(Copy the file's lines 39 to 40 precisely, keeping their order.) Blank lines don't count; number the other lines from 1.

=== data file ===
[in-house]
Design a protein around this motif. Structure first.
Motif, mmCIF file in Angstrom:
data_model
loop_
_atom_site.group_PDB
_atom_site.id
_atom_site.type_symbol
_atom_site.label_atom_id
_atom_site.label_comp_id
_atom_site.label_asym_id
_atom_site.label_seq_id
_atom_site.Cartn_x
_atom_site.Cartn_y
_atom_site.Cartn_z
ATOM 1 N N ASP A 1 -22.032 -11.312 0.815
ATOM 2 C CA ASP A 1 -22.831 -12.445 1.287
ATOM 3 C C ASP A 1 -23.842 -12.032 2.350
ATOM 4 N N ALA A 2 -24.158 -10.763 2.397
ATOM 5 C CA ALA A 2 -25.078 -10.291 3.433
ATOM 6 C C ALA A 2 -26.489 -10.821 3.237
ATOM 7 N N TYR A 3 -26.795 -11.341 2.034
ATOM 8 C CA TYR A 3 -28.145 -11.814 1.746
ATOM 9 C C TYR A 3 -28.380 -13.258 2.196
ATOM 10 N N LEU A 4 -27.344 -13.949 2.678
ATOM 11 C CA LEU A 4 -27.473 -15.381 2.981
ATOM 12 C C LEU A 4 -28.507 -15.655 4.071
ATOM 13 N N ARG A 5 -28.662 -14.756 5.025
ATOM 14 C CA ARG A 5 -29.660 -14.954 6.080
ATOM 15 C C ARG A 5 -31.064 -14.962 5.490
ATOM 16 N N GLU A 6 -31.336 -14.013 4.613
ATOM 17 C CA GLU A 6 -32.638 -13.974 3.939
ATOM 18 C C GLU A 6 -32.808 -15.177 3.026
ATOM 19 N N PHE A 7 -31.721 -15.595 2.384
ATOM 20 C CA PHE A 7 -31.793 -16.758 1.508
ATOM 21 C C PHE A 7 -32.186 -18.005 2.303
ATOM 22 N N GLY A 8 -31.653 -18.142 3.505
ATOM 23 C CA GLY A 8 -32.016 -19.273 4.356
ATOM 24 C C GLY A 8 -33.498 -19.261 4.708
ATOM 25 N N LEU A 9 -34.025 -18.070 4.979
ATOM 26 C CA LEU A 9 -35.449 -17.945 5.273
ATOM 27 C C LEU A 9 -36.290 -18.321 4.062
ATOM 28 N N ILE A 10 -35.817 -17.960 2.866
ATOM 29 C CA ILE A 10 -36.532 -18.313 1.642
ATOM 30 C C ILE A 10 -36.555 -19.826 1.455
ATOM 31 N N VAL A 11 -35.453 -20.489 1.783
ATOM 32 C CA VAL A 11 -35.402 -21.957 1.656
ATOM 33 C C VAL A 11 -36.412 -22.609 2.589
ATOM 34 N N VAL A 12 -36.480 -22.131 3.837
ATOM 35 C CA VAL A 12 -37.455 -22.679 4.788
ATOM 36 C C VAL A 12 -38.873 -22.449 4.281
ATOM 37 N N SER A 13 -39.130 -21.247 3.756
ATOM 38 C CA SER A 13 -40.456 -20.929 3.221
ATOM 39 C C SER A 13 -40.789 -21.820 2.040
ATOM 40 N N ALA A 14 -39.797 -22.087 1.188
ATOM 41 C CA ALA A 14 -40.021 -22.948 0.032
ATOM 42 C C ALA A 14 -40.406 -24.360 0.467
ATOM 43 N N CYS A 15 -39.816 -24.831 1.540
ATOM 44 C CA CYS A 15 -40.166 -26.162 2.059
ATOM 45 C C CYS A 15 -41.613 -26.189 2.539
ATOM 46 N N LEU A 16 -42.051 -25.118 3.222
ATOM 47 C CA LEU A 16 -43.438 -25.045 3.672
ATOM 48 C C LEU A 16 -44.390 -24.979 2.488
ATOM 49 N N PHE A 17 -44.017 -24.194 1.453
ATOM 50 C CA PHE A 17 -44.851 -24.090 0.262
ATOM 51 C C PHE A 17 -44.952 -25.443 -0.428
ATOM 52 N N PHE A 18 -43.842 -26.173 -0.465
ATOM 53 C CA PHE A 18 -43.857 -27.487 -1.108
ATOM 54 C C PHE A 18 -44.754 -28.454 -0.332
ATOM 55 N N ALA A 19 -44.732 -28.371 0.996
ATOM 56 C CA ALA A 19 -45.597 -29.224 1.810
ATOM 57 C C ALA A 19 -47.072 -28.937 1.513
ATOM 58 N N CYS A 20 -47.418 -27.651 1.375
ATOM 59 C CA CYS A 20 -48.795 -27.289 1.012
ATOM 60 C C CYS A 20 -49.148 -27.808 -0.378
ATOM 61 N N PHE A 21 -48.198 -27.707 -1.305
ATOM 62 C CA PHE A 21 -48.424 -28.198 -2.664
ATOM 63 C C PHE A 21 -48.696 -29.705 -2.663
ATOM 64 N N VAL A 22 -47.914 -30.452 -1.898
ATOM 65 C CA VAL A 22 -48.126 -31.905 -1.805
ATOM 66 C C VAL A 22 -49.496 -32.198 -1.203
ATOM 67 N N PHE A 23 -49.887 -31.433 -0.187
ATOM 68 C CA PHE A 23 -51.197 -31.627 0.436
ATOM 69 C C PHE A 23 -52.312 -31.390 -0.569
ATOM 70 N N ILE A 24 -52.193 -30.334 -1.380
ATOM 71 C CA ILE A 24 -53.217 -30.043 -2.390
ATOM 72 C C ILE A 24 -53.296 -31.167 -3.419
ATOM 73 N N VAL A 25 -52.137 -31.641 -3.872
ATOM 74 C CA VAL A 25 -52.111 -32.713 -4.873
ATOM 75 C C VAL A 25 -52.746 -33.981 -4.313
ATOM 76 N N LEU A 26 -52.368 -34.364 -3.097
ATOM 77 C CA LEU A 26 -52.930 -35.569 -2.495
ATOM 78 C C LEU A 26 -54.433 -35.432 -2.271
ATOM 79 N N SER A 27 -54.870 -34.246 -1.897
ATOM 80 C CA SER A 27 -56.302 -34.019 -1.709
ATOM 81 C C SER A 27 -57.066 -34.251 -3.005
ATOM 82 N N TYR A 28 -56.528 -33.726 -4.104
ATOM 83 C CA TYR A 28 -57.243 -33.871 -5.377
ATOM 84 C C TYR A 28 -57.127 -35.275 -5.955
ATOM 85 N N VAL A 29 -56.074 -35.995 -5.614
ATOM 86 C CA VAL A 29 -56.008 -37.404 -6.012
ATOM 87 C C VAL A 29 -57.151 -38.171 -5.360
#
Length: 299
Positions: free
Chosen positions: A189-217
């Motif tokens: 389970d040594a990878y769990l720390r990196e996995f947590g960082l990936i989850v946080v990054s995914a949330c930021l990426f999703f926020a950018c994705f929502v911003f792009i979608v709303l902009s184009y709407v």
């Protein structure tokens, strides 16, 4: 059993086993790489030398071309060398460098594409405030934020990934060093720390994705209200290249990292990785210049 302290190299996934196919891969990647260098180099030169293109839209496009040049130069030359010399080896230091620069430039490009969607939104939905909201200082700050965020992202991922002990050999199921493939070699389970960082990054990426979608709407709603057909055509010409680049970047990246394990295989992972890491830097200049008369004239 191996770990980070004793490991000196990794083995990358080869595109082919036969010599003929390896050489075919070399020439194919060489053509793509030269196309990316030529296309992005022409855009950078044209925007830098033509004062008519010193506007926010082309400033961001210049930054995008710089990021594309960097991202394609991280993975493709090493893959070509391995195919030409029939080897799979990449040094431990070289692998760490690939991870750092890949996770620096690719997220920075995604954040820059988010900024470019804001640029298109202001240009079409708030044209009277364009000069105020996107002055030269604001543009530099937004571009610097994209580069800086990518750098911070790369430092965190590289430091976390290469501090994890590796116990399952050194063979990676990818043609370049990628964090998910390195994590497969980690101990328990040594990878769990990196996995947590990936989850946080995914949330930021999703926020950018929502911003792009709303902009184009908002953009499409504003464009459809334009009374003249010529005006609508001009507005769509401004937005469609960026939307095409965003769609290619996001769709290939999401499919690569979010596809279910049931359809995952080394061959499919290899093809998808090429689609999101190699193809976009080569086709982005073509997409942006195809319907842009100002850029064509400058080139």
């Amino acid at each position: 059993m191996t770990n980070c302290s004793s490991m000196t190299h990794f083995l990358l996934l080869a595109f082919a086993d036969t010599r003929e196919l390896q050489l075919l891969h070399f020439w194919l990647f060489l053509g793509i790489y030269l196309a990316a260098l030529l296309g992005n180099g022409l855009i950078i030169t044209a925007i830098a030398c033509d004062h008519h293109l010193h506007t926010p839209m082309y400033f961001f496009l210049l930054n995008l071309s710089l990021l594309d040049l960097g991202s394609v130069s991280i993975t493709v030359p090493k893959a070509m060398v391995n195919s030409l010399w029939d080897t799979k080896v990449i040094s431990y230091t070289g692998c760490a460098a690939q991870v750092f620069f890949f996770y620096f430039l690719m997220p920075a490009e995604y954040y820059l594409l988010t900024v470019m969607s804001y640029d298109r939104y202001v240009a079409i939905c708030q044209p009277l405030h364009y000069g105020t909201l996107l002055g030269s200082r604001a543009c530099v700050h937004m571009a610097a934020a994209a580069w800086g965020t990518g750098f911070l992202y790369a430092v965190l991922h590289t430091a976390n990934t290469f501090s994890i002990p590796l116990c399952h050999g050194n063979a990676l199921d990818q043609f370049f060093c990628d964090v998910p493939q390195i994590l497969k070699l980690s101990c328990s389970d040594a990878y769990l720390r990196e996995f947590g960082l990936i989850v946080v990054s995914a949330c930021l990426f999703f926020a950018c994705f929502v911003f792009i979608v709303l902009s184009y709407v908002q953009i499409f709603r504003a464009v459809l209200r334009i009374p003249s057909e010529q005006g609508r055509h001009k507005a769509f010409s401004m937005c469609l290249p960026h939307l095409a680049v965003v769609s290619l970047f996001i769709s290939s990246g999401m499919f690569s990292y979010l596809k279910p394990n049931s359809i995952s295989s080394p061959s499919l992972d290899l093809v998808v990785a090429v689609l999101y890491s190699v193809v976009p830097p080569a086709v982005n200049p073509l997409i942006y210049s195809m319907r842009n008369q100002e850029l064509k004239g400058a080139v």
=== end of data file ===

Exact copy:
ATOM 24 C C GLY A 8 -33.498 -19.261 4.708
ATOM 25 N N LEU A 9 -34.025 -18.070 4.979